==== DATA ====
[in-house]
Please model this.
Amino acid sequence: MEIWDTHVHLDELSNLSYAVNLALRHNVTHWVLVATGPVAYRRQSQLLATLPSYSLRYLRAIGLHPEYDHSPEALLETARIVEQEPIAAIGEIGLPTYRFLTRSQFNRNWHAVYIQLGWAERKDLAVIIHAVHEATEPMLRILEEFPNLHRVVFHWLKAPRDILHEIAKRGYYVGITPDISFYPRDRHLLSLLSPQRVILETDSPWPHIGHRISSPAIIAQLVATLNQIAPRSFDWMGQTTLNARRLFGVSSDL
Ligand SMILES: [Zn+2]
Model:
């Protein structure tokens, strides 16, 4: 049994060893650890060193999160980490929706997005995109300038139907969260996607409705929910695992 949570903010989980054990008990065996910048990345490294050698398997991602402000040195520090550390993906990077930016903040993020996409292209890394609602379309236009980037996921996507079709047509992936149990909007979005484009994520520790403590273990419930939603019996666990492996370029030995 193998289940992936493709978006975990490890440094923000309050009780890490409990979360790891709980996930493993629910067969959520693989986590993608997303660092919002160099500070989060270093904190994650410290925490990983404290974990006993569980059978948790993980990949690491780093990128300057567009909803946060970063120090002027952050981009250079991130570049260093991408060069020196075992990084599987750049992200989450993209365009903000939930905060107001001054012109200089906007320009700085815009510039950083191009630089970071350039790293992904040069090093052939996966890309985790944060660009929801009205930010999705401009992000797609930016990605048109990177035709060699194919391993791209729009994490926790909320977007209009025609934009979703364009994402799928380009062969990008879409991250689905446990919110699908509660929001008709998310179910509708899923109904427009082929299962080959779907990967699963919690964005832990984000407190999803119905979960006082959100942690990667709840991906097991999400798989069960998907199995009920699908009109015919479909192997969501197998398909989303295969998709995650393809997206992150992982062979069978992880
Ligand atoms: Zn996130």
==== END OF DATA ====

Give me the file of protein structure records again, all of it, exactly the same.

[in-house]
Please model this.
Amino acid sequence: MEIWDTHVHLDELSNLSYAVNLALRHNVTHWVLVATGPVAYRRQSQLLATLPSYSLRYLRAIGLHPEYDHSPEALLETARIVEQEPIAAIGEIGLPTYRFLTRSQFNRNWHAVYIQLGWAERKDLAVIIHAVHEATEPMLRILEEFPNLHRVVFHWLKAPRDILHEIAKRGYYVGITPDISFYPRDRHLLSLLSPQRVILETDSPWPHIGHRISSPAIIAQLVATLNQIAPRSFDWMGQTTLNARRLFGVSSDL
Ligand SMILES: [Zn+2]
Model:
């Protein structure tokens, strides 16, 4: 049994060893650890060193999160980490929706997005995109300038139907969260996607409705929910695992 949570903010989980054990008990065996910048990345490294050698398997991602402000040195520090550390993906990077930016903040993020996409292209890394609602379309236009980037996921996507079709047509992936149990909007979005484009994520520790403590273990419930939603019996666990492996370029030995 193998289940992936493709978006975990490890440094923000309050009780890490409990979360790891709980996930493993629910067969959520693989986590993608997303660092919002160099500070989060270093904190994650410290925490990983404290974990006993569980059978948790993980990949690491780093990128300057567009909803946060970063120090002027952050981009250079991130570049260093991408060069020196075992990084599987750049992200989450993209365009903000939930905060107001001054012109200089906007320009700085815009510039950083191009630089970071350039790293992904040069090093052939996966890309985790944060660009929801009205930010999705401009992000797609930016990605048109990177035709060699194919391993791209729009994490926790909320977007209009025609934009979703364009994402799928380009062969990008879409991250689905446990919110699908509660929001008709998310179910509708899923109904427009082929299962080959779907990967699963919690964005832990984000407190999803119905979960006082959100942690990667709840991906097991999400798989069960998907199995009920699908009109015919479909192997969501197998398909989303295969998709995650393809997206992150992982062979069978992880
Ligand atoms: Zn996130």